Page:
Why worry about atherosclerosis?  It is responsible for the 1st, 5th, & 7th leading causes of death in the US.  The Chart below contains age-adjusted death rates for the 10 leading causes of death in 2015: United States, 2014 and 2015

















Obesity is caused by eating too much or eating and drinking too much on a regular basis.  It’s currently an epidemic in this country.  Look around you.  And those television ads…!!!


Atherosclerosis

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What is atherosclerosis? — Atherosclerosis is a condition in which fatty deposits called "plaques" build up inside the arteries in the body. (Arteries are the blood vessels that carry blood away from the heart out to the body.) Atherosclerosis is the reason most people have a heart attack or a stroke.

Atherosclerosis can affect arteries all over the body. There are different names for atherosclerosis depending on which arteries it affects.

Carotid artery disease is a form of atherosclerosis that affects the carotid arteries, which bring blood to the brain (figure 1). This form of atherosclerosis can lead to stroke.

  • Carotid Artery Disease is a form of atherosclerosis that affects the carotid arteries, which bring blood to the brain (figure 1). This form of atherosclerosis can lead to stroke.


  • Coronary Heart Disease, also called coronary artery disease, is a form of atherosclerosis that affects the coronary arteries, which bring blood to the heart muscle. This form of atherosclerosis can cause chest pain and lead to heart attack (figure 2).


  • Renal Artery Stenosis is a form of atherosclerosis that affects the renal arteries, which bring blood to the kidneys. This form of atherosclerosis can cause high blood pressure or lead to kidney disease.


  • Peripheral Artery Disease is a form of atherosclerosis that affects the arteries that bring blood to the arms and legs (figure 3). People with this condition sometimes have pain, tingling, or numbness in their legs when they walk.



(Reference)https://www.cdc.gov/nchs/images/databriefs/251-300/db267_fig3.png


How does atherosclerosis cause heart attacks, strokes, and other problems? - Atherosclerosis-related plaques can cause problems in 2 ways:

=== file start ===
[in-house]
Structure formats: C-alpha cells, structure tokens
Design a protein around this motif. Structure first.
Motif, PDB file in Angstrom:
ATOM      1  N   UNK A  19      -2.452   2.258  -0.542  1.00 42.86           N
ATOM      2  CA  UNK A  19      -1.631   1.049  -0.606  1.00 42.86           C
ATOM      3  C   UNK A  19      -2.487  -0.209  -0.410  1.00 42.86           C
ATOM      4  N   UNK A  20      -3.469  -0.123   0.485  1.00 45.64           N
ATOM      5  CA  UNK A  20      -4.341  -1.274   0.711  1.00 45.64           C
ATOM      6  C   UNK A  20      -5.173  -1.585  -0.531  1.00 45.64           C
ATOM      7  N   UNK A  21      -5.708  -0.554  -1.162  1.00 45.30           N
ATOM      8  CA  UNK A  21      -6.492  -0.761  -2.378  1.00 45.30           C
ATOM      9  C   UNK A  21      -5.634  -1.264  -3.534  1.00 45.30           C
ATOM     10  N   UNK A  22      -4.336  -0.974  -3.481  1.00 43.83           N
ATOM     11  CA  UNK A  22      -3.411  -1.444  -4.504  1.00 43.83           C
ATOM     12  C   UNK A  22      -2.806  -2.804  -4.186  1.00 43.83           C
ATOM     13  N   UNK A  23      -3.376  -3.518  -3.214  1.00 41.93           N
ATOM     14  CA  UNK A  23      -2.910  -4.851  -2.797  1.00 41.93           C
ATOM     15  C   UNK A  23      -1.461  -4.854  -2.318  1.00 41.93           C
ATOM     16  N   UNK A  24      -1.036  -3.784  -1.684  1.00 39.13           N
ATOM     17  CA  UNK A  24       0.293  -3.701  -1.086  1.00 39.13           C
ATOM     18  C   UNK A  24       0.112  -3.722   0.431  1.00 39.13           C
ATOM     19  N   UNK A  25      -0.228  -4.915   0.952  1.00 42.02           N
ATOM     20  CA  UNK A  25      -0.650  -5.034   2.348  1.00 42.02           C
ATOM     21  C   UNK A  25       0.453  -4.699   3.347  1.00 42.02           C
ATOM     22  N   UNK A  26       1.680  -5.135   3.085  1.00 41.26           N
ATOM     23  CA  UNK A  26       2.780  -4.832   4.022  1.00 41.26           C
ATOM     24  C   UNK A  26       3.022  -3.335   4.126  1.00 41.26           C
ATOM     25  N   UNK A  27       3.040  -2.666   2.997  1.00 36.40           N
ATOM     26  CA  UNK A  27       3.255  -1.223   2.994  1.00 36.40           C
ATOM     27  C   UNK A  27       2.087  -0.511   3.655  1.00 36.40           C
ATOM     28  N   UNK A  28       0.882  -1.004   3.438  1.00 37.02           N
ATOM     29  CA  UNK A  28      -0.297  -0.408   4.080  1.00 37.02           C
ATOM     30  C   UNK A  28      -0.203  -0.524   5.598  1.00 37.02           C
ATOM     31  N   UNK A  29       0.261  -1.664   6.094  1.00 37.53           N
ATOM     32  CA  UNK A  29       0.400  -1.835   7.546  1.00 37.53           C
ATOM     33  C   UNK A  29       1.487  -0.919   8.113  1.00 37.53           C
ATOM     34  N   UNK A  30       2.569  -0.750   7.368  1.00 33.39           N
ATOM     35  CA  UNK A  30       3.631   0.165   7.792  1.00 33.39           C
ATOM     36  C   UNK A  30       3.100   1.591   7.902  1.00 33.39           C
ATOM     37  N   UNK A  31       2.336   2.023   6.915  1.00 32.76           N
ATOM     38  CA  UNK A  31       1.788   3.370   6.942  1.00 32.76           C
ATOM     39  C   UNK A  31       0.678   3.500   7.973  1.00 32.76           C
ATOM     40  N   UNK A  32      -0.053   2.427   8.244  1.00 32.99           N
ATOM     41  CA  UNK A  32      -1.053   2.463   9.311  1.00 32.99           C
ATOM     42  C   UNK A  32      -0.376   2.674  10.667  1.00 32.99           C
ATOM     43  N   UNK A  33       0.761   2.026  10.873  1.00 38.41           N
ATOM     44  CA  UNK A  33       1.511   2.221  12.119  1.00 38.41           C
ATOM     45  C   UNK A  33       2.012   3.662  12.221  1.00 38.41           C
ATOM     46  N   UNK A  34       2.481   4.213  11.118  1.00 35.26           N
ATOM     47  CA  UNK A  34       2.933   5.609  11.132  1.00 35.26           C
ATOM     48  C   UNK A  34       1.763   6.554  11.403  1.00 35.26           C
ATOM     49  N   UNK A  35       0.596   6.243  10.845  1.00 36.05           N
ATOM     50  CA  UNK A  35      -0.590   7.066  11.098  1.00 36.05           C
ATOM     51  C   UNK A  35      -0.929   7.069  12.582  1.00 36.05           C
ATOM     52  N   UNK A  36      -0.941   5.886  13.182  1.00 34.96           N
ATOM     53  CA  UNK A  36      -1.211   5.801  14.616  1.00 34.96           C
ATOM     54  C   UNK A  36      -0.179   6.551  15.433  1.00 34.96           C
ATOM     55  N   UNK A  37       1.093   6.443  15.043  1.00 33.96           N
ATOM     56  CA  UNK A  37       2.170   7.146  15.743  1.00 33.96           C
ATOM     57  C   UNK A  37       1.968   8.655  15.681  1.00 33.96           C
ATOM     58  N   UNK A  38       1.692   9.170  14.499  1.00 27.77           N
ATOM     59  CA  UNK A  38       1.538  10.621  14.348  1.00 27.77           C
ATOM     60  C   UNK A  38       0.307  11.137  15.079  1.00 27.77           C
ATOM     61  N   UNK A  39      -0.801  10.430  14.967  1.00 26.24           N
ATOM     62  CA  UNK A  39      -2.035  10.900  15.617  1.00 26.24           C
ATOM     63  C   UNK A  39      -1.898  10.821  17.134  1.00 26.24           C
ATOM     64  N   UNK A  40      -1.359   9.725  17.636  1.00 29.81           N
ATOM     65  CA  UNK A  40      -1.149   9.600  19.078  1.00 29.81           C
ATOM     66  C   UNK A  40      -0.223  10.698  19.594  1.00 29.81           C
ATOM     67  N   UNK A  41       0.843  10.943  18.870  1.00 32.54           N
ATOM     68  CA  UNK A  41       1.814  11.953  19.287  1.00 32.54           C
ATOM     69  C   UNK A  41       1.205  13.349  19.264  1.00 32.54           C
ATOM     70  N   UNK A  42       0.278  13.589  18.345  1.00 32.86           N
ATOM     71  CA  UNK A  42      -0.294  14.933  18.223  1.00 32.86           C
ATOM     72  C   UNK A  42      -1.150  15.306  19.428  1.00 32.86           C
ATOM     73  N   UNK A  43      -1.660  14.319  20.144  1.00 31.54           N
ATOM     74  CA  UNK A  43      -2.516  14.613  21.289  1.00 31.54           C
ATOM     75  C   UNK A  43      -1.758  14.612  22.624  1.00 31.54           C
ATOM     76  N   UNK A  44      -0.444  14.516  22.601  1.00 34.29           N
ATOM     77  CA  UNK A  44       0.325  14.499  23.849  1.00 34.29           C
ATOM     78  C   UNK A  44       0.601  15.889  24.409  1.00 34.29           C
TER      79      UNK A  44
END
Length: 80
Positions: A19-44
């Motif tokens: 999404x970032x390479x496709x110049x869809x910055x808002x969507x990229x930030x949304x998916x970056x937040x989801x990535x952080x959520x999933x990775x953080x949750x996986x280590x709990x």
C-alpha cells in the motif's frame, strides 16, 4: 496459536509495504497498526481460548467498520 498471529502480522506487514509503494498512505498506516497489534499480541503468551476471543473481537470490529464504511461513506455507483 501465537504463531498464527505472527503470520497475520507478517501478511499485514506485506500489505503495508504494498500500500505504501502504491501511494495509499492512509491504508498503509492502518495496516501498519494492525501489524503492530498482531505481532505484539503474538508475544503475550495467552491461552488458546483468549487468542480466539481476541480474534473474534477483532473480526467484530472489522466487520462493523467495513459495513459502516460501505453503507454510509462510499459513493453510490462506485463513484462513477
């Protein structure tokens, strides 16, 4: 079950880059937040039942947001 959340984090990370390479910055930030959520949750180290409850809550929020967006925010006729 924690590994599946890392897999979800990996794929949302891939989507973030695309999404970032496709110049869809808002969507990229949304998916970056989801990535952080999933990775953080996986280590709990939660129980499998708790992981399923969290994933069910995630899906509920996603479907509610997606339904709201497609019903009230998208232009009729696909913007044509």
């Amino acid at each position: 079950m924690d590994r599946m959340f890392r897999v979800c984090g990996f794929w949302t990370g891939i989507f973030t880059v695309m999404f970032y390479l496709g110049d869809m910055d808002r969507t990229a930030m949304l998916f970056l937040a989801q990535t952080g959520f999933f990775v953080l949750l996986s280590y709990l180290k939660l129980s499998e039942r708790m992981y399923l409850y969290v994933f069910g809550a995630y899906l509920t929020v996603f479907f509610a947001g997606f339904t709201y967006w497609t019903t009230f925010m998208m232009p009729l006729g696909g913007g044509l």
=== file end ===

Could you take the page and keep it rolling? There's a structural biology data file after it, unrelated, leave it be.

• Plaques can get too big and reduce blood flow to certain body parts (figure 4). This can cause symptoms (such as pain) in the part of the body that is not getting enough blood.


  • Plaques can break open, or rupture. When that happens, blood clots form inside the artery and block the blood supply to tissues past the clot. This is what happens during a stroke or a heart attack (figure 2).


Who is at risk for atherosclerosis? - A person has a higher chance of getting atherosclerosis if he or she:


  • Has high blood pressure


  • Has a high cholesterol or triglycerides (triglycerides are a type of fat found in blood)


  • Has diabetes


  • Has an unhealthy diet


  • Is overweight or does very little physical activity


  • Has a mother or father who got atherosclerosis before the age of 50 years


Will I need tests? — Maybe. Aside from a physical exam, doctors do not typically order tests to check for atherosclerosis in general. Instead, they order tests if they think a patient might have a specific form of atherosclerosis, such as coronary heart disease or peripheral artery disease. The tests for each of these conditions are all very different.

A general test that is often done in people who might have atherosclerosis is called a "lipid profile." This is a blood test that measures the amounts of different forms of fat and cholesterol.

Can the problems caused by atherosclerosis be prevented? - Yes. To reduce your chances of having a heart attack, stroke, or related problem, do the following:

  • Take the medicines your doctor prescribes to treat high blood pressure, high cholesterol, and to prevent clots.


  • Lose weight (if you are overweight).


  • Choose a diet rich in fruits, vegetables, and low-fat dairy products. Don't eat a lot of meats, sweets, or refined grains.


  • Do something active for at least 30 minutes a day on most days of the week.


  • Quit smoking (if you smoke). Ask your doctor for help.


  • Limit the amount of alcohol you drink. Have no more than 2 drinks a day if you are a man. Have no more than 1 drink a day if you are a woman.